The hon. member for Peterborough is a professor at Trent University.
The University of Waterloo has pioneered co-op education in Canada and has done so so successfully that it far out-ranks Trent University in the rankings every year in Maclean's . The member for Port Moody-Coquitlam went through this co-op program, one which I know very well because I taught there for 20 years myself. In that co-op program she benefited enormously from the support of the government. That co-op program, which is being copied by many universities throughout Canada, is an excellent example of what business, government and educators can do together.
The initial idea for the program came from the business community in the area as did the idea for the university. The business people came to educators and said: "Let us work together to make sure that the transition from the educational place to the work place is made easier, that students have work experience and they can carry that experience further".
The result has been a much higher degree of success in getting jobs on the part of graduates. There has been a lot of satisfaction, as the hon. member herself said. The program has worked very effectively. It is a program that worked not because of private initiative, but because a government worked with business and educators to create a coherent system of training and education.
In the Waterloo area, the example of the University of Waterloo has been followed by Sir Wilfrid Laurier University and also by our secondary school boards, particularly the Waterloo Catholic Board of Education. I have worked with that board myself in working out training programs for students to enable them to move from the high schools and universities into the work place. Students who are within those programs and who
have a more direct experience in the work place find the transition to higher education and to work much easier.
The difficulty we find is that so many training programs are just not working in the way we had hoped. That is why we are calling for a restructuring. This is most relevant of course to any discussion on human resources development.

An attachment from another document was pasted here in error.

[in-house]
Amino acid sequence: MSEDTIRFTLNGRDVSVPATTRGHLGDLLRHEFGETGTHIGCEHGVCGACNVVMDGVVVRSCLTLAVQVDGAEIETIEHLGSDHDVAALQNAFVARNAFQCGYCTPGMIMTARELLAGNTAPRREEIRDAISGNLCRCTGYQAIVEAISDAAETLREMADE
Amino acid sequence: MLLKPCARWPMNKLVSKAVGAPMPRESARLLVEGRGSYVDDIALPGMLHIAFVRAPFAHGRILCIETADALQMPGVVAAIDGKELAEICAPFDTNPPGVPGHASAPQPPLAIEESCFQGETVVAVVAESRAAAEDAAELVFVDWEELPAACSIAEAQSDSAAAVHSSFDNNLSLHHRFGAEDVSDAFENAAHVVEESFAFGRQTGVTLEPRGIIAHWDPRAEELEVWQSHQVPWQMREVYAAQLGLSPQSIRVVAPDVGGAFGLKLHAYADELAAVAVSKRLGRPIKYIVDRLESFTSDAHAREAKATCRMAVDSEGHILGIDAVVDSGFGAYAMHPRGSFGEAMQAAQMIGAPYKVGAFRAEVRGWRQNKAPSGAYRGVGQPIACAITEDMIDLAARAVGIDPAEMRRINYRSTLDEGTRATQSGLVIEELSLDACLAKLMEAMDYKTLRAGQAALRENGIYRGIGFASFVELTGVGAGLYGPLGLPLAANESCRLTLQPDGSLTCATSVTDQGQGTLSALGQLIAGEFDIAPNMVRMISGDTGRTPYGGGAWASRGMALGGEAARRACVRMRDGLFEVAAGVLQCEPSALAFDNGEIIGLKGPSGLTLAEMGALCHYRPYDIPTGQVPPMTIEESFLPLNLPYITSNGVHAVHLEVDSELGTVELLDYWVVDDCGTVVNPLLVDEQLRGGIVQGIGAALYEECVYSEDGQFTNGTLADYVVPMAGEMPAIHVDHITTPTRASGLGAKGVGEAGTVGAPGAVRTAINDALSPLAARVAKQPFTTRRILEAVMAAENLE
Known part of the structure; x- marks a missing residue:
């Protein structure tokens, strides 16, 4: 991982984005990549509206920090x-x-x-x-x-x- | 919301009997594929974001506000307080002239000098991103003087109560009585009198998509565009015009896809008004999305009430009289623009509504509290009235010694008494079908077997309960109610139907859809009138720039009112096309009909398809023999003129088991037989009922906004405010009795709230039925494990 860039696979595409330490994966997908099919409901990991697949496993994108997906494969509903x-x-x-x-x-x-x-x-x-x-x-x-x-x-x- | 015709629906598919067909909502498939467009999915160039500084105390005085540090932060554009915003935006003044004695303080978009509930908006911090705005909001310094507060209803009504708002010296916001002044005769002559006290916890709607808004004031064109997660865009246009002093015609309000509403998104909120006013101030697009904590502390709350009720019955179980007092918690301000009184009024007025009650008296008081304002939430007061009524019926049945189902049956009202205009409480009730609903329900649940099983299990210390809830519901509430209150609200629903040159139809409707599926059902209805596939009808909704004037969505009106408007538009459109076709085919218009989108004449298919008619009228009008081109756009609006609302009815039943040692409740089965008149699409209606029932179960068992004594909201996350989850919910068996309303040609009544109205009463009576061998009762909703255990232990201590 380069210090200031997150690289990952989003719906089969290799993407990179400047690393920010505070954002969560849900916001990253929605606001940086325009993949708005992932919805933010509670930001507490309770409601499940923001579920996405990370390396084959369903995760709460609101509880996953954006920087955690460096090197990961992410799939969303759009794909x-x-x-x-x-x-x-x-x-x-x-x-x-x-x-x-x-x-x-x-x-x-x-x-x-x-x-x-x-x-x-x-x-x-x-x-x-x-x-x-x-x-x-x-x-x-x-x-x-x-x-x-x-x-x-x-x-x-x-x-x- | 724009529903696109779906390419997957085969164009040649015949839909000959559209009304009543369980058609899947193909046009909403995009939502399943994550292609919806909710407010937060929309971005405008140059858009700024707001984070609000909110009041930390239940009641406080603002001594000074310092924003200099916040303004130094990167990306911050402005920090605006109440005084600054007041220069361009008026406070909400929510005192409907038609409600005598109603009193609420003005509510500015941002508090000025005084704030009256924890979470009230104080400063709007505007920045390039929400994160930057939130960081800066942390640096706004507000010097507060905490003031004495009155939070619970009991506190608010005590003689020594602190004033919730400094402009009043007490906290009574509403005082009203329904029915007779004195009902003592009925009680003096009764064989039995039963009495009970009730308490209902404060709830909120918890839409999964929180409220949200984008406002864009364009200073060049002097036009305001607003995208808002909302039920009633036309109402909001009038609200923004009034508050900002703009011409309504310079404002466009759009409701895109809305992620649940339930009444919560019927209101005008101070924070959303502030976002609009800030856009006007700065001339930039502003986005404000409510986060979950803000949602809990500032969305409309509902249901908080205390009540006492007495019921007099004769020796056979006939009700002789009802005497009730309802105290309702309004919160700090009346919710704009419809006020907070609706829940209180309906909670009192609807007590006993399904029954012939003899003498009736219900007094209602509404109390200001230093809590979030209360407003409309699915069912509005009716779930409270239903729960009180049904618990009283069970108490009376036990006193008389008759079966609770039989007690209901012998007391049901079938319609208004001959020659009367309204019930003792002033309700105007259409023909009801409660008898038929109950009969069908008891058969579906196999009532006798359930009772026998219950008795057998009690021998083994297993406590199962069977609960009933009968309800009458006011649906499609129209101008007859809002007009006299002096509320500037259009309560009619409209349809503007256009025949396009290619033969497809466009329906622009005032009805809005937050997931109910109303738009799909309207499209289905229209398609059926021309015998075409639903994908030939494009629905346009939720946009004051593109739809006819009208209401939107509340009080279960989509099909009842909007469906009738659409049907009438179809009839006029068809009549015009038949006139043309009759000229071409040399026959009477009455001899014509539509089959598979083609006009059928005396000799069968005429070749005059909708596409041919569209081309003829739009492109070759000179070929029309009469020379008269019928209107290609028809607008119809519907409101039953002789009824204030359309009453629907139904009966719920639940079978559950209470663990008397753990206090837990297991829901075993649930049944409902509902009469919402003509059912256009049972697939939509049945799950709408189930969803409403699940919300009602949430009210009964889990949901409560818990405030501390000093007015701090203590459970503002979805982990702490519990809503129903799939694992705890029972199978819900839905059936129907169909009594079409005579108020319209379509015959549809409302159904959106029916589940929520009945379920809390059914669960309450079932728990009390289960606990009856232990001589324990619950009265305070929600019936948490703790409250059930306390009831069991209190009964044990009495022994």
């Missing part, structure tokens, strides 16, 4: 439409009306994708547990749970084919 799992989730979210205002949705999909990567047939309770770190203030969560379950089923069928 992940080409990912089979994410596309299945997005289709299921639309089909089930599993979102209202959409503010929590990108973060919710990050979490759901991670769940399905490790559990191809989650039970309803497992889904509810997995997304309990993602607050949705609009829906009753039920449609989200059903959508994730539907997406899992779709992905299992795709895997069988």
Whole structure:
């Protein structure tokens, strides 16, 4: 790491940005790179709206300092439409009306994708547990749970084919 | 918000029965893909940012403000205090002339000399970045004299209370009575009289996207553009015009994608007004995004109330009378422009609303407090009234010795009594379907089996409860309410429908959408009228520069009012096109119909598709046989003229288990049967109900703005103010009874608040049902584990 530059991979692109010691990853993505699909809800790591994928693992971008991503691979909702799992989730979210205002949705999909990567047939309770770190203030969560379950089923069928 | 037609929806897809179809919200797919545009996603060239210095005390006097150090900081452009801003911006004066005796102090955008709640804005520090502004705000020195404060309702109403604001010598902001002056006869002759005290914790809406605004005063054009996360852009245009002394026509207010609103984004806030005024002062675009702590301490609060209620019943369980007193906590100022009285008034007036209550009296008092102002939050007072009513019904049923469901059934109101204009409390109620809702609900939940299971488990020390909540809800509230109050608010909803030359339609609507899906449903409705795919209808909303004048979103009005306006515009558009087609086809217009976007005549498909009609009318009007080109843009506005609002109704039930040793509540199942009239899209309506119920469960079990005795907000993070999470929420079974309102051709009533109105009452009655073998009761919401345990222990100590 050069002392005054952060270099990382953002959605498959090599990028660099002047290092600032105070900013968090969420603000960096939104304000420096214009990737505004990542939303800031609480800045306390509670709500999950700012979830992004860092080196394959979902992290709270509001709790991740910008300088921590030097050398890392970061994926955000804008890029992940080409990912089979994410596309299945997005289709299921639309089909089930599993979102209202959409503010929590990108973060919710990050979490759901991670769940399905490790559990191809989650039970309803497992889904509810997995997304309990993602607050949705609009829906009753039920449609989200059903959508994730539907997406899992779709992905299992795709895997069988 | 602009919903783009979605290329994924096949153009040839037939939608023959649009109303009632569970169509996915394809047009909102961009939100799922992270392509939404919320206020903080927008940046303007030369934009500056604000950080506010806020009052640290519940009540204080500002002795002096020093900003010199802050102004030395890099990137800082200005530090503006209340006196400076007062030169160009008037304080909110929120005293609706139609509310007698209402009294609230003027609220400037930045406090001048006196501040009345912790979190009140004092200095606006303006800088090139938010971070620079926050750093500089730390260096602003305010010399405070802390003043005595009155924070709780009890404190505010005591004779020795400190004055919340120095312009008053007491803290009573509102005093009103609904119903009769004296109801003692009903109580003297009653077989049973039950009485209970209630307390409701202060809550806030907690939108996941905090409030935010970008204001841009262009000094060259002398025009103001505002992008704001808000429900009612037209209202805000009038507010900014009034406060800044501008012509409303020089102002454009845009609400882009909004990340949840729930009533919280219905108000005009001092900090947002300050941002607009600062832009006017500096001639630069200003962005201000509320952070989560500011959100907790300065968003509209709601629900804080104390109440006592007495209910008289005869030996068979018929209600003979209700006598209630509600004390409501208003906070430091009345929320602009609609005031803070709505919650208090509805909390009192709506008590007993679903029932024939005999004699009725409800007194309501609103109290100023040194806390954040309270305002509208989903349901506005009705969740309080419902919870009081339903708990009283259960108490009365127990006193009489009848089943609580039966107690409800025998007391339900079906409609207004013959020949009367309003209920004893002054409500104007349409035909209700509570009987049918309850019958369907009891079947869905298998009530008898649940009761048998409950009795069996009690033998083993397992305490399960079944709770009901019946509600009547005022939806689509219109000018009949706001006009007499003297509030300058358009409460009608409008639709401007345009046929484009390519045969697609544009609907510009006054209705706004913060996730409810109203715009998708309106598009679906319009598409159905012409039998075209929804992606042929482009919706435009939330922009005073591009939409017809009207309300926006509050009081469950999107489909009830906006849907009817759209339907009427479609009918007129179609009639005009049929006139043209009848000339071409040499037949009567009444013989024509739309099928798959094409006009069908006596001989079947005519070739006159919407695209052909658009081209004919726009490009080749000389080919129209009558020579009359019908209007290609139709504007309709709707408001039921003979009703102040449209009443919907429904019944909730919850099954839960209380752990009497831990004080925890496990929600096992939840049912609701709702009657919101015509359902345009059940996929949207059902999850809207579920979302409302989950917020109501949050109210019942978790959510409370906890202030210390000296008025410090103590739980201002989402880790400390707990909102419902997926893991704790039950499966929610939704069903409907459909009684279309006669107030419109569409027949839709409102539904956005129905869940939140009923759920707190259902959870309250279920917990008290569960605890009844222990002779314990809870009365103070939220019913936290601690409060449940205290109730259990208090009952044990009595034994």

In a recent study done by the Canadian Guidance and Counselling Foundation, 73.9 per cent of the community employment agencies, 72.4 per cent of Canada employment centres and 45.2 per cent of counselling services in colleges and CEGEPs report that they turn clients away because they do not meet funding criteria. This is simply not good enough. The costs are high.
The human costs of not watching what happens with training at the lowest level, at the intermediate level and at the post-secondary level are very high for our society.
As an educator, I personally feel-and the hon. member for St. Boniface has written some excellent pieces on this subject-that we need to restructure our training programs in the broadest possible way. I would echo the thoughts of the member for St. Boniface in suggesting that we all share these problems together. Training and education in this country is very costly. When we compare the international rate of spending on education we find that Canada, a very wealthy nation, spends a percentage of GNP that is higher than almost any other nation. If we are not the highest we are certainly close to it. All of us are aware that we could spend this much better.
Our responsibility as members of this House, of all parties, is to work together to improve this very crucial sector of Canadian society. In doing so we will start to recreate that sense of initiative among younger people and that sense of purpose that is so lacking now.
I think we can work together and we would achieve so much for this great country if we would do so.